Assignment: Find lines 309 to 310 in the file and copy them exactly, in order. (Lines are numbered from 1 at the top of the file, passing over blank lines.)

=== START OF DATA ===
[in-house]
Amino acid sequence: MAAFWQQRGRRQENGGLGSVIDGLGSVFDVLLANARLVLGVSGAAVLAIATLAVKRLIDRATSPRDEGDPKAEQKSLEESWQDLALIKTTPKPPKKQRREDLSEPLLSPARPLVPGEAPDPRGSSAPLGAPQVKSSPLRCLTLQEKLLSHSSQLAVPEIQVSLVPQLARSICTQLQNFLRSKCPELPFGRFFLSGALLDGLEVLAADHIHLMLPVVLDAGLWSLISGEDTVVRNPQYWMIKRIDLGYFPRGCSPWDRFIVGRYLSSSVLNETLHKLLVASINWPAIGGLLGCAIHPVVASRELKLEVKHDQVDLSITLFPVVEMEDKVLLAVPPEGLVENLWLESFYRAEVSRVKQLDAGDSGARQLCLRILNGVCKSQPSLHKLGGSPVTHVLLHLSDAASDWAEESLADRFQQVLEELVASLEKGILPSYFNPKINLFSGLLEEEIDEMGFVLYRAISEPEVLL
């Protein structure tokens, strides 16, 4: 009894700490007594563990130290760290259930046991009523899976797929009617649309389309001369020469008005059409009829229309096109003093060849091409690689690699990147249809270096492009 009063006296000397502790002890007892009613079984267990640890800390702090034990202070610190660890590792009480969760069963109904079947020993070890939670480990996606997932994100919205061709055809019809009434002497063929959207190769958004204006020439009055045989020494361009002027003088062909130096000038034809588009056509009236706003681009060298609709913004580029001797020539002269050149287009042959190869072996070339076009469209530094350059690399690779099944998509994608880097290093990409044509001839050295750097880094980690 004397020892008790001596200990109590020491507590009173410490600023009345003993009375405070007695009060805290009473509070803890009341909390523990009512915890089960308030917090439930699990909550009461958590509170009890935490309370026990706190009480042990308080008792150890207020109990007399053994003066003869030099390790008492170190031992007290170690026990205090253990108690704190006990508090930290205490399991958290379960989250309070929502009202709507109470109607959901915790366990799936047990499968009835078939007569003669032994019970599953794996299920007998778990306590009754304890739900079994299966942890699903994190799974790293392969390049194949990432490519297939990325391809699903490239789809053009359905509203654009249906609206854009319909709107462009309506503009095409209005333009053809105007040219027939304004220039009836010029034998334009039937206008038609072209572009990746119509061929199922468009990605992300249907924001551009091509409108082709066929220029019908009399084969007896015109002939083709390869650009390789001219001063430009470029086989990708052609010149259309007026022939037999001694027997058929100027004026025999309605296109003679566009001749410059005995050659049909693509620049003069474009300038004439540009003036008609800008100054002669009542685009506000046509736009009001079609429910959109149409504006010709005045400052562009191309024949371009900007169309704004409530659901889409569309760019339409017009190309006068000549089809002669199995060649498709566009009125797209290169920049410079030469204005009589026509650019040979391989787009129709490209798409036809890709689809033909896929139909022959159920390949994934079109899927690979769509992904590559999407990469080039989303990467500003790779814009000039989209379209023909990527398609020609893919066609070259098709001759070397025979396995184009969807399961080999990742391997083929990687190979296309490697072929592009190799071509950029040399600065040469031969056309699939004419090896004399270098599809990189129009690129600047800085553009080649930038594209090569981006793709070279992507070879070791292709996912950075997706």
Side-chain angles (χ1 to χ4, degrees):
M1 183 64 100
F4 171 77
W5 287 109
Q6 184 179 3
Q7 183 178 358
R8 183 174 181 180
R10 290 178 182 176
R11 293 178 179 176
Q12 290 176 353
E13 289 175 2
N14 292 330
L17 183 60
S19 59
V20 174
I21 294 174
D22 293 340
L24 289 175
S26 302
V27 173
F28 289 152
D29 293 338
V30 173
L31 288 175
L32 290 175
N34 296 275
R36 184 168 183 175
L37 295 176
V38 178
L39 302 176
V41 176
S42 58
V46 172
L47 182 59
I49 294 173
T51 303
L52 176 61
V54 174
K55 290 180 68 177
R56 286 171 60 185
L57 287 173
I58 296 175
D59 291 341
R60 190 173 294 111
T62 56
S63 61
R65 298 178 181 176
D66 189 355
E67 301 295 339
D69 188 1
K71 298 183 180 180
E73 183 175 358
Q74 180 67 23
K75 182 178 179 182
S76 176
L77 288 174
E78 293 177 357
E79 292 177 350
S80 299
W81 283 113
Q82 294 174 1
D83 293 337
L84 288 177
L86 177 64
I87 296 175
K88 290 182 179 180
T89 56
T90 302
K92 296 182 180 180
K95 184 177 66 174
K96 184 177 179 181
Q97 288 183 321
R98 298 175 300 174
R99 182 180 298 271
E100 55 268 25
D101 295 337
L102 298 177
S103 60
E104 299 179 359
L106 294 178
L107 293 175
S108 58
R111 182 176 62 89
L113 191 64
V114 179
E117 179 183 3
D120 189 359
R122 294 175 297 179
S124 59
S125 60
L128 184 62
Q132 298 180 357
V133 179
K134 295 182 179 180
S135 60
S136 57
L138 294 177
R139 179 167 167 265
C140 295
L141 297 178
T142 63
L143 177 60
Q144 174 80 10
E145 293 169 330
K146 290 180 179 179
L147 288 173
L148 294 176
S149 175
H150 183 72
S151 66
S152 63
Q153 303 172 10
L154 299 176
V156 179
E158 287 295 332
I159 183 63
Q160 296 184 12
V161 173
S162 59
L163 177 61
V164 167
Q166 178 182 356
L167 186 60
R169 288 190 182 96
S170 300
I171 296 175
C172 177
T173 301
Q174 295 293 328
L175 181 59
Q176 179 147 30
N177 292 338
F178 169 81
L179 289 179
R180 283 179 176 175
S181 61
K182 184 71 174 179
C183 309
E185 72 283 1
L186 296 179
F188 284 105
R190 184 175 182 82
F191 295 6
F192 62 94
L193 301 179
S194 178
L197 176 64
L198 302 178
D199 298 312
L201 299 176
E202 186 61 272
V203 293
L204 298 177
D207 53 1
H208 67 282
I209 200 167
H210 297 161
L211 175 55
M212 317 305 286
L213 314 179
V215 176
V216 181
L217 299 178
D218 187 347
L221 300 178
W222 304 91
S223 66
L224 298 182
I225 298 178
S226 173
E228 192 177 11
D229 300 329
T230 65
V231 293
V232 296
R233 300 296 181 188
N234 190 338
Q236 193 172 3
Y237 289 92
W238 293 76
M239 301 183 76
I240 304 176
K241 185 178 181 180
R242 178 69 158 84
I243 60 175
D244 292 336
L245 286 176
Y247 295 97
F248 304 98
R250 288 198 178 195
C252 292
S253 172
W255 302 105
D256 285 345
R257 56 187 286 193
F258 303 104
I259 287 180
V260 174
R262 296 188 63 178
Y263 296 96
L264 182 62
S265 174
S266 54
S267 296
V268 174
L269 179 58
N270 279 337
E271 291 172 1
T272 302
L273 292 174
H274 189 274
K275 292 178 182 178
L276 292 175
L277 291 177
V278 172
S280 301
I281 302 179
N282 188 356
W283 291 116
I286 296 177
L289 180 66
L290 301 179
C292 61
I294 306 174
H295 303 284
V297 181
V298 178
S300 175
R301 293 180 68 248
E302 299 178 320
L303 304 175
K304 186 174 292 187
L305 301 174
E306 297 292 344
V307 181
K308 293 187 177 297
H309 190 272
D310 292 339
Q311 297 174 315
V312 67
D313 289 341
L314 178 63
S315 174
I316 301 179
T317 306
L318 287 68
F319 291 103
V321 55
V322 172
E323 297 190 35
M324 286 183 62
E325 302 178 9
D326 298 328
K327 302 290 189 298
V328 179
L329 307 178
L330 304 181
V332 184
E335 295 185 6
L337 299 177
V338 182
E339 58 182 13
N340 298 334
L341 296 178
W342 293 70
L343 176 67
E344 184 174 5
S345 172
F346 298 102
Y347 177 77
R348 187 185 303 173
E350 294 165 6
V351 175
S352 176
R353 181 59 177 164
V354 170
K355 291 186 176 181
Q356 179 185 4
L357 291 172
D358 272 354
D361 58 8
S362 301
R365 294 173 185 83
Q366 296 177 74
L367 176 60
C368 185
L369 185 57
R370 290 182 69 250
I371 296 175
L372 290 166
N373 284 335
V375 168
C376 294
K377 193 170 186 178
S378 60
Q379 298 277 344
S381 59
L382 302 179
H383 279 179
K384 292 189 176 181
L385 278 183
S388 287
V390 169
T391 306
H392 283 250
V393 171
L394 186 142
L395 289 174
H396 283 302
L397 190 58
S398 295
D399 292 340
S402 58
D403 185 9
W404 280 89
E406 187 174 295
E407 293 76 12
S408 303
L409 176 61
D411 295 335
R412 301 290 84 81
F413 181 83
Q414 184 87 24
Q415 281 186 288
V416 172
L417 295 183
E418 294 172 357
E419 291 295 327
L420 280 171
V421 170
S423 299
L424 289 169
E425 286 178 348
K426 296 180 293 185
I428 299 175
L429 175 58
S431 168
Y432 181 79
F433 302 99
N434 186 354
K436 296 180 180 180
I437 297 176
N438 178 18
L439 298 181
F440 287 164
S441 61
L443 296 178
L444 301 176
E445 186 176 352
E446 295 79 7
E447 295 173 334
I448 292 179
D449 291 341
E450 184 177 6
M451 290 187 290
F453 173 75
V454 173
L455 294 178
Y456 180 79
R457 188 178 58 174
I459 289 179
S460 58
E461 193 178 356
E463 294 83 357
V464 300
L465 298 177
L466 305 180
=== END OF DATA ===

V393 171
L394 186 142